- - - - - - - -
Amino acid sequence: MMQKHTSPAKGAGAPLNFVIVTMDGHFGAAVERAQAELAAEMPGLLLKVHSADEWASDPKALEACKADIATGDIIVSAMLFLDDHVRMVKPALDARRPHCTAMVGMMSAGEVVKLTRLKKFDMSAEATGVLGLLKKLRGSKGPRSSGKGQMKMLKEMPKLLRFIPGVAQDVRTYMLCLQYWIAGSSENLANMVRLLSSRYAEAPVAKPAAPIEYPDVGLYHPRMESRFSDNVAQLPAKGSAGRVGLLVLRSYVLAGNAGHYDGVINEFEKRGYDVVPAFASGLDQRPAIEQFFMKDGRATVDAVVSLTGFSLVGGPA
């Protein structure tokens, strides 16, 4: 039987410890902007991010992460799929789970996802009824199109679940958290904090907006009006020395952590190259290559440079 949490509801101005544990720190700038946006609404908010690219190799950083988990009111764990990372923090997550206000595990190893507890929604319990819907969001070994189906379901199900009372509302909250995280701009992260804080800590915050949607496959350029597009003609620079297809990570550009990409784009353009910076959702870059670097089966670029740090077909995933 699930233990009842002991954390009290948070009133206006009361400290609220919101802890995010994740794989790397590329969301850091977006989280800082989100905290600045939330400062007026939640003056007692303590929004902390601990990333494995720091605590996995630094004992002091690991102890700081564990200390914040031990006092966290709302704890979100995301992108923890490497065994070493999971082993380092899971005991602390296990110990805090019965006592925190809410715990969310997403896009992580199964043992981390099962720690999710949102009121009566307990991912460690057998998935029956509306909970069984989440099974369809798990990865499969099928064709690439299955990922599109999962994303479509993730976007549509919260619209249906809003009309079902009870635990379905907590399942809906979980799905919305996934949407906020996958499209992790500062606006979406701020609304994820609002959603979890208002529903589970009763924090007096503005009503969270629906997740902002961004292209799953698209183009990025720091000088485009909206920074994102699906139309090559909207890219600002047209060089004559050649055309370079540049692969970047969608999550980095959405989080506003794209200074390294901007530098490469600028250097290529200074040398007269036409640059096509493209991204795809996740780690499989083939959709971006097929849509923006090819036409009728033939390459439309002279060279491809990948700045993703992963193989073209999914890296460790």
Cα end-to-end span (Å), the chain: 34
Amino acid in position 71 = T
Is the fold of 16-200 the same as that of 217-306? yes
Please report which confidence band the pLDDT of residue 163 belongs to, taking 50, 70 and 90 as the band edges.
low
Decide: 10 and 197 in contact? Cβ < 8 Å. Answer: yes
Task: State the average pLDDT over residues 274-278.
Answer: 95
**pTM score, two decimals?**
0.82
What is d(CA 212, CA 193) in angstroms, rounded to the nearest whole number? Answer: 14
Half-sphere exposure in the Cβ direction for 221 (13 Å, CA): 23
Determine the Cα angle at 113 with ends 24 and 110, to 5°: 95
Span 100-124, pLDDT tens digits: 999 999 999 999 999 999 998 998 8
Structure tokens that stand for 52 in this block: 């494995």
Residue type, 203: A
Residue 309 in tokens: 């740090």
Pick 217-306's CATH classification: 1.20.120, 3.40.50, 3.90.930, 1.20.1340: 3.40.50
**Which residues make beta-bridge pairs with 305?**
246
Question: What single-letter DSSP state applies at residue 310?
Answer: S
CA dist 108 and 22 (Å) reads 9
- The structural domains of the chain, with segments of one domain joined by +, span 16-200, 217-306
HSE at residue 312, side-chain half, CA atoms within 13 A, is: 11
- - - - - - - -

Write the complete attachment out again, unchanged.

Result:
Amino acid sequence: MMQKHTSPAKGAGAPLNFVIVTMDGHFGAAVERAQAELAAEMPGLLLKVHSADEWASDPKALEACKADIATGDIIVSAMLFLDDHVRMVKPALDARRPHCTAMVGMMSAGEVVKLTRLKKFDMSAEATGVLGLLKKLRGSKGPRSSGKGQMKMLKEMPKLLRFIPGVAQDVRTYMLCLQYWIAGSSENLANMVRLLSSRYAEAPVAKPAAPIEYPDVGLYHPRMESRFSDNVAQLPAKGSAGRVGLLVLRSYVLAGNAGHYDGVINEFEKRGYDVVPAFASGLDQRPAIEQFFMKDGRATVDAVVSLTGFSLVGGPA
């Protein structure tokens, strides 16, 4: 039987410890902007991010992460799929789970996802009824199109679940958290904090907006009006020395952590190259290559440079 949490509801101005544990720190700038946006609404908010690219190799950083988990009111764990990372923090997550206000595990190893507890929604319990819907969001070994189906379901199900009372509302909250995280701009992260804080800590915050949607496959350029597009003609620079297809990570550009990409784009353009910076959702870059670097089966670029740090077909995933 699930233990009842002991954390009290948070009133206006009361400290609220919101802890995010994740794989790397590329969301850091977006989280800082989100905290600045939330400062007026939640003056007692303590929004902390601990990333494995720091605590996995630094004992002091690991102890700081564990200390914040031990006092966290709302704890979100995301992108923890490497065994070493999971082993380092899971005991602390296990110990805090019965006592925190809410715990969310997403896009992580199964043992981390099962720690999710949102009121009566307990991912460690057998998935029956509306909970069984989440099974369809798990990865499969099928064709690439299955990922599109999962994303479509993730976007549509919260619209249906809003009309079902009870635990379905907590399942809906979980799905919305996934949407906020996958499209992790500062606006979406701020609304994820609002959603979890208002529903589970009763924090007096503005009503969270629906997740902002961004292209799953698209183009990025720091000088485009909206920074994102699906139309090559909207890219600002047209060089004559050649055309370079540049692969970047969608999550980095959405989080506003794209200074390294901007530098490469600028250097290529200074040398007269036409640059096509493209991204795809996740780690499989083939959709971006097929849509923006090819036409009728033939390459439309002279060279491809990948700045993703992963193989073209999914890296460790």
Cα end-to-end span (Å), the chain: 34
Amino acid in position 71 = T
Is the fold of 16-200 the same as that of 217-306? yes
Please report which confidence band the pLDDT of residue 163 belongs to, taking 50, 70 and 90 as the band edges.
low
Decide: 10 and 197 in contact? Cβ < 8 Å. Answer: yes
Task: State the average pLDDT over residues 274-278.
Answer: 95
**pTM score, two decimals?**
0.82
What is d(CA 212, CA 193) in angstroms, rounded to the nearest whole number? Answer: 14
Half-sphere exposure in the Cβ direction for 221 (13 Å, CA): 23
Determine the Cα angle at 113 with ends 24 and 110, to 5°: 95
Span 100-124, pLDDT tens digits: 999 999 999 999 999 999 998 998 8
Structure tokens that stand for 52 in this block: 């494995």
Residue type, 203: A
Residue 309 in tokens: 């740090």
Pick 217-306's CATH classification: 1.20.120, 3.40.50, 3.90.930, 1.20.1340: 3.40.50
**Which residues make beta-bridge pairs with 305?**
246
Question: What single-letter DSSP state applies at residue 310?
Answer: S
CA dist 108 and 22 (Å) reads 9
- The structural domains of the chain, with segments of one domain joined by +, span 16-200, 217-306
HSE at residue 312, side-chain half, CA atoms within 13 A, is: 11